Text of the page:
This multi-colored beauty has been identified as a Ground Sac Spider (Genus: Trachelas). This particular specimen is a female and she made her way into my in-laws house and managed somehow to make her way into my father-in-laws shirt unbeknownst to him. While trapped between the shirt and his back she bit him. He shook his shirt out to see what had bitten him and discovered this spider. He was concerned it could have been a brown recluse so he captured her and brought her to me to be identified. I was able reassure him that it definitely was not a recluse, but I had no idea what it was beyond that. It left a nickel sized welt on his back that itched for about 2 hours before disappearing. After posting this picture to facebook Mandy was quick to respond and provide a positive ID. When I mentioned that the spider bit my father-in-law she seemed shocked that this spider would bite anyone and considered it extremely rare that it did. The venom from this spider is harmless to humans and is designed to subdue their small insect prey. This spider commonly enters homes, but generally speaking it is the males that do so. Joe Lapp another spider expert explained that these are wandering spiders and the males are on a mission to find females. This quest to locate mates often leads them into homes by mistake. He even created a cartoon that aptly describes this misguided behavior. In the cartoon below the male ground sac spider aimlessly wanders around, in and out of this house seeking his quarry before finally finding her in a cherry tree.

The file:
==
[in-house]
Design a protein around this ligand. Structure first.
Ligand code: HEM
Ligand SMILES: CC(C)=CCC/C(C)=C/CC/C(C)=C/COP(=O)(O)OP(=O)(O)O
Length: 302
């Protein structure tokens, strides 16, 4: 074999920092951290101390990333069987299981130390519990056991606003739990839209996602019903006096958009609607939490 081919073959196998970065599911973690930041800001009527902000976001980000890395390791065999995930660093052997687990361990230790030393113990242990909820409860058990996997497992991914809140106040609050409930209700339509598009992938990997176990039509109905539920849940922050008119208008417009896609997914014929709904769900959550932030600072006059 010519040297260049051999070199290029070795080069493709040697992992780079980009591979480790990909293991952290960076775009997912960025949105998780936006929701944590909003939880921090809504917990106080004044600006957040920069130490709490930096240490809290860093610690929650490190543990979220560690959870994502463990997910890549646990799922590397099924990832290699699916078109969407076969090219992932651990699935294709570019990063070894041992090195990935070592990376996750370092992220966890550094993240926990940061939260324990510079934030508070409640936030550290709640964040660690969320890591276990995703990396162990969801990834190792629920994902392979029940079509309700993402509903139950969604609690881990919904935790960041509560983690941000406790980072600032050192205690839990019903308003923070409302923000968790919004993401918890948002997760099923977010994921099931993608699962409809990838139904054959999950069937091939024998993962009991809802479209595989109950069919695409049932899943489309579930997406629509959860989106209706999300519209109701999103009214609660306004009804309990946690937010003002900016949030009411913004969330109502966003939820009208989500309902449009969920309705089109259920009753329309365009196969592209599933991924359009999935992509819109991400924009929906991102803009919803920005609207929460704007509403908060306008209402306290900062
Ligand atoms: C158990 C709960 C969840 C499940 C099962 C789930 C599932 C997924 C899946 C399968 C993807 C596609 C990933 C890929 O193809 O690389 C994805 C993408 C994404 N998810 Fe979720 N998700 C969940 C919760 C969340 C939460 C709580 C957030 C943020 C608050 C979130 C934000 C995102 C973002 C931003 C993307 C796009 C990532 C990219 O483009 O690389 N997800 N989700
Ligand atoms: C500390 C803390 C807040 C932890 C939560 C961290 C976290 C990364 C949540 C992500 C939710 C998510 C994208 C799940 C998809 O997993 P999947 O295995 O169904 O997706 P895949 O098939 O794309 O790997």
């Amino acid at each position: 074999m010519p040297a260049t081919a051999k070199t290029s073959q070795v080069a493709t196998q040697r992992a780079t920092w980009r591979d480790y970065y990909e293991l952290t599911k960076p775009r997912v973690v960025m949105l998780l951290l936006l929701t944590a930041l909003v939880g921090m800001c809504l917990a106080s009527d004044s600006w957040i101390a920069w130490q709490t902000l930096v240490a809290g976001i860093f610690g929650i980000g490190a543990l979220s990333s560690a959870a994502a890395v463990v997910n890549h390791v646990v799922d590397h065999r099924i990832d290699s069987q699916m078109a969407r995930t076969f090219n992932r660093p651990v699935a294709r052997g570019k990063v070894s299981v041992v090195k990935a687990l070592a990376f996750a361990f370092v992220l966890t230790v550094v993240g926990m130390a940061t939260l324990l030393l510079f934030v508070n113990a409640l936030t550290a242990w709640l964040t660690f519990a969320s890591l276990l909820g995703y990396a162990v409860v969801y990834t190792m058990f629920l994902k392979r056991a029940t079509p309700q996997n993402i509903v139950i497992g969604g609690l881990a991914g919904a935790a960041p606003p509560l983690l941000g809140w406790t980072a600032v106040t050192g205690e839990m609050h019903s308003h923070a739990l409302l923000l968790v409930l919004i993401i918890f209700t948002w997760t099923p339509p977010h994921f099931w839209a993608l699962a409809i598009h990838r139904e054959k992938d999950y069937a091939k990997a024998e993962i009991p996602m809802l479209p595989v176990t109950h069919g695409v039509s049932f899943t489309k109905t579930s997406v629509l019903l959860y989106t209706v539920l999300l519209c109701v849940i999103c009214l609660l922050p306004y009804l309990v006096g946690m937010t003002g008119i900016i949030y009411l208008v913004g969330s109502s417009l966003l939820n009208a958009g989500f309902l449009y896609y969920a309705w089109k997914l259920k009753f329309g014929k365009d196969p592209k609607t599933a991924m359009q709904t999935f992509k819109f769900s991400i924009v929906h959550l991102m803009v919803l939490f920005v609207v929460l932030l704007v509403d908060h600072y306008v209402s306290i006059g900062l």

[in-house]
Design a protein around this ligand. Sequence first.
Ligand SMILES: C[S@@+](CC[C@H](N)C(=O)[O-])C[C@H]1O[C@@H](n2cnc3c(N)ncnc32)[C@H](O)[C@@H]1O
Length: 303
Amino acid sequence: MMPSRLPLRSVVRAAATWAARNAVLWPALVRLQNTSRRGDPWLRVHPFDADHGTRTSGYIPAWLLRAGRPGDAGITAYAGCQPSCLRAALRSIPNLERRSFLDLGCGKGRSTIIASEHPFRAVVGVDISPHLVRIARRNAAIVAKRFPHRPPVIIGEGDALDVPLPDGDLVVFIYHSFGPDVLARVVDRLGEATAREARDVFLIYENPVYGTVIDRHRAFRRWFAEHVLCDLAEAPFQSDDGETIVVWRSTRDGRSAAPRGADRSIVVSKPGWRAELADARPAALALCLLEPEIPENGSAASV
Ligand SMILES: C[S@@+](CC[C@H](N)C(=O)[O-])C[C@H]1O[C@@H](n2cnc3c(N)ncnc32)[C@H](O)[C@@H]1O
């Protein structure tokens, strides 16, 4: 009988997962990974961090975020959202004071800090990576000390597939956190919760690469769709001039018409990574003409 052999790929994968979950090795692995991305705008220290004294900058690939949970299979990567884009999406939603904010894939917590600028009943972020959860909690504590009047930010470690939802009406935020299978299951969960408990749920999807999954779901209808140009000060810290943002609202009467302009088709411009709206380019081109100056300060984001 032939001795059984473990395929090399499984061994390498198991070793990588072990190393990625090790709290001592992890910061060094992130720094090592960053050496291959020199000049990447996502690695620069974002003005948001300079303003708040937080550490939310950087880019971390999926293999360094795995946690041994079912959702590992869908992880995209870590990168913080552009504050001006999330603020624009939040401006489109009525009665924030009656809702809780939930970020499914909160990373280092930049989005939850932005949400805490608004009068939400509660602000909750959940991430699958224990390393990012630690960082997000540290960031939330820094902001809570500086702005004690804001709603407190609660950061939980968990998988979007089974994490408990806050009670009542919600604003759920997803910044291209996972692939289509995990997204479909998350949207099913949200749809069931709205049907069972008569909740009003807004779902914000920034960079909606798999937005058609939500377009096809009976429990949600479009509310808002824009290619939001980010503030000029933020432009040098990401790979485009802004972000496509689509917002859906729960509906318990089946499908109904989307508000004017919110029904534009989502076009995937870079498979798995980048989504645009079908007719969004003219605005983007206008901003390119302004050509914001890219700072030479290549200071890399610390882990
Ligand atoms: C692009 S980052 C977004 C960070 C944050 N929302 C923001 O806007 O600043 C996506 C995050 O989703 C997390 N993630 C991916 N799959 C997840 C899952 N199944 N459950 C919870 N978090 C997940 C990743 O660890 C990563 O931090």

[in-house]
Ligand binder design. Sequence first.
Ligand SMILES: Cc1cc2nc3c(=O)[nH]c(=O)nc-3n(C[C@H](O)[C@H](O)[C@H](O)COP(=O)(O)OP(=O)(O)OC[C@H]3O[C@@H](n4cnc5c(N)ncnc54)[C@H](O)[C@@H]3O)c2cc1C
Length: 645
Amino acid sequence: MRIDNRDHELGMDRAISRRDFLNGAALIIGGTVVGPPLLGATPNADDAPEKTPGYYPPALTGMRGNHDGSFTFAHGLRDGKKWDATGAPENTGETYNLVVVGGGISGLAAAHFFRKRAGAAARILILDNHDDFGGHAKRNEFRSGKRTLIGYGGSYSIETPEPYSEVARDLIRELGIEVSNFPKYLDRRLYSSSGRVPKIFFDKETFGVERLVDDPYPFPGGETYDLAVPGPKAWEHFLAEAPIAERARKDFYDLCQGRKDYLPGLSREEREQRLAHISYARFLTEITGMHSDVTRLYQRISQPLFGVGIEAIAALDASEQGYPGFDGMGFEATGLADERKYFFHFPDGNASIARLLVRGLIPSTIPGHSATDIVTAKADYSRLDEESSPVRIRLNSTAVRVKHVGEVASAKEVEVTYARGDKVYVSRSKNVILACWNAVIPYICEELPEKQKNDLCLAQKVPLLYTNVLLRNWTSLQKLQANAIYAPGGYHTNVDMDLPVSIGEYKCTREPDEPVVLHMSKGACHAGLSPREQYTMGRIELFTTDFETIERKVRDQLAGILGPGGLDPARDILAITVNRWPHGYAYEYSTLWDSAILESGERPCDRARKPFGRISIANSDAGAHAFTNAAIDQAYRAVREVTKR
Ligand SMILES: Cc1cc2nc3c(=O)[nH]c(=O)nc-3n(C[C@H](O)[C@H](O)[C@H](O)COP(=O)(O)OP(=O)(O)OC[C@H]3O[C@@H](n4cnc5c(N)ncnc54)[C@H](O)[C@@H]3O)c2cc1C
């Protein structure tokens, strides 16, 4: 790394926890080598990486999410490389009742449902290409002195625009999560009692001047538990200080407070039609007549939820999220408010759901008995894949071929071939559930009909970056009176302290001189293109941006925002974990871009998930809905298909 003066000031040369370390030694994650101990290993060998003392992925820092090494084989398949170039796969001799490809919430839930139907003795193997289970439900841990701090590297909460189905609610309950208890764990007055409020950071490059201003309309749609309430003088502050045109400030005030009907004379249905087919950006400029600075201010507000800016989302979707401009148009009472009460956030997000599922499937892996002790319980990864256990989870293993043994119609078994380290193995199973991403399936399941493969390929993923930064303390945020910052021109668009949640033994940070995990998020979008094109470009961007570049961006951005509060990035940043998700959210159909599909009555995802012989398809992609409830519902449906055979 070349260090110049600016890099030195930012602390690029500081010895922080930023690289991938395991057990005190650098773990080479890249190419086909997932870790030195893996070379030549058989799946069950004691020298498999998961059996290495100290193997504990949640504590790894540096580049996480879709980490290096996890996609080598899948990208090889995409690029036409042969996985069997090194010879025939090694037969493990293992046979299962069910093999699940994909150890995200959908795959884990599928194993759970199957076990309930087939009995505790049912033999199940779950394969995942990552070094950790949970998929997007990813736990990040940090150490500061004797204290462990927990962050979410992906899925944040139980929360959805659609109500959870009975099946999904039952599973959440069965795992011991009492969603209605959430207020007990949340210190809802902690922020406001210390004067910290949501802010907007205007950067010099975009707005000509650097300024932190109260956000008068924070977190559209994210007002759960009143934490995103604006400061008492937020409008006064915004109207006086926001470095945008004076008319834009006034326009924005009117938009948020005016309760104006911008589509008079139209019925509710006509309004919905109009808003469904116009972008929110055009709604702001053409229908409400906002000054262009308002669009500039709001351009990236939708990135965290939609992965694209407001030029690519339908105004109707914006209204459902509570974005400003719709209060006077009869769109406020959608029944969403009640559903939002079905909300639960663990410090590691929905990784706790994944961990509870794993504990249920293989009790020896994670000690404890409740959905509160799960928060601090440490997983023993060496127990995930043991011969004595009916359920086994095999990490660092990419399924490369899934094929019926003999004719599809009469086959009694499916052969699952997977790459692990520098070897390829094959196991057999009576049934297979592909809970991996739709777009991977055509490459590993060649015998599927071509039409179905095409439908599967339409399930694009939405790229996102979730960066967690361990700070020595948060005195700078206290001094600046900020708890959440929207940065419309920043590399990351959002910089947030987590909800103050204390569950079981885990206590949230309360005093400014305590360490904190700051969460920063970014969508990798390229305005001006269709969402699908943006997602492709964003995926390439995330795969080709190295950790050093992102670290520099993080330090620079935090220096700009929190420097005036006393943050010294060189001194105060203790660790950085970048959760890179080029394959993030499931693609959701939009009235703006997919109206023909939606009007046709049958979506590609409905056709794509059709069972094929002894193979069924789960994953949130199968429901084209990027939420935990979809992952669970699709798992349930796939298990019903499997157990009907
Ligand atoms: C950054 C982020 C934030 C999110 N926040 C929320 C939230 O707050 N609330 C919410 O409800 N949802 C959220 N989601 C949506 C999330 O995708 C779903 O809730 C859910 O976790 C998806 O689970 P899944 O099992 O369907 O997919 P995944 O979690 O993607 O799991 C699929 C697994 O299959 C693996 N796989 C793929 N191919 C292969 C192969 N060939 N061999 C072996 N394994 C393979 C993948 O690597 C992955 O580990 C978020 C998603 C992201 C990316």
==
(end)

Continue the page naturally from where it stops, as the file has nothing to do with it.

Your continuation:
Joe has a wonderful website full of cartoons that humorously describe the behavior of spiders and their relationship to humans. To read more of his cartoons please visit his website Spider Babble.
Joe pointed out to me that the common name of "Ground sac spider" is probably not the best descriptive name for this genus of spiders as some species are often found in trees. Trachelas tranquillus are commonly found in leaf litter on the ground so this is probably what earned them their common name. Also, I see that some web sites are referring to this species (or genus?) as the Broad-Faced Sac Spider, which seems like a good name to me.These spiders are also considered ant-mimics and looking at this particular specimen I can see how that would be the case. They are rather ant-like in their appearance.
Identifying spiders is often a challenge even for the experts and often requires microscopic investigation of the genitals before an accurate ID can be achieved. Having learned this bit of information from several spider experts I always try to make sure to photograph the underside of the spiders I find. This is often a tricky endeavor and requires patience as spiders apparently do not like being on their back. I flipped this little gal over several times with a dried piece of grass before she finally seemed to realize I was not going to stop flipping her until she laid still. After several seconds of motionlessness I was able to snap 4 or 5 pictures before letting her right herself and wander off.
Mandy said that in many cases a photograph is enough to identify to species, but in the case of this particular spider there are two species that are so similar that it requires microscopic inspection of the genitals. She felt pretty confident that it was T. tranquillus which occurs almost state wide. There is an additional species found in Missouri, but it traditionally has been restricted to the southern tip of Missouri. There is a slim chance it could be this southern species as population ranges do change year-to-year, but I feel pretty safe in saying that it is indeed T. tranquillus.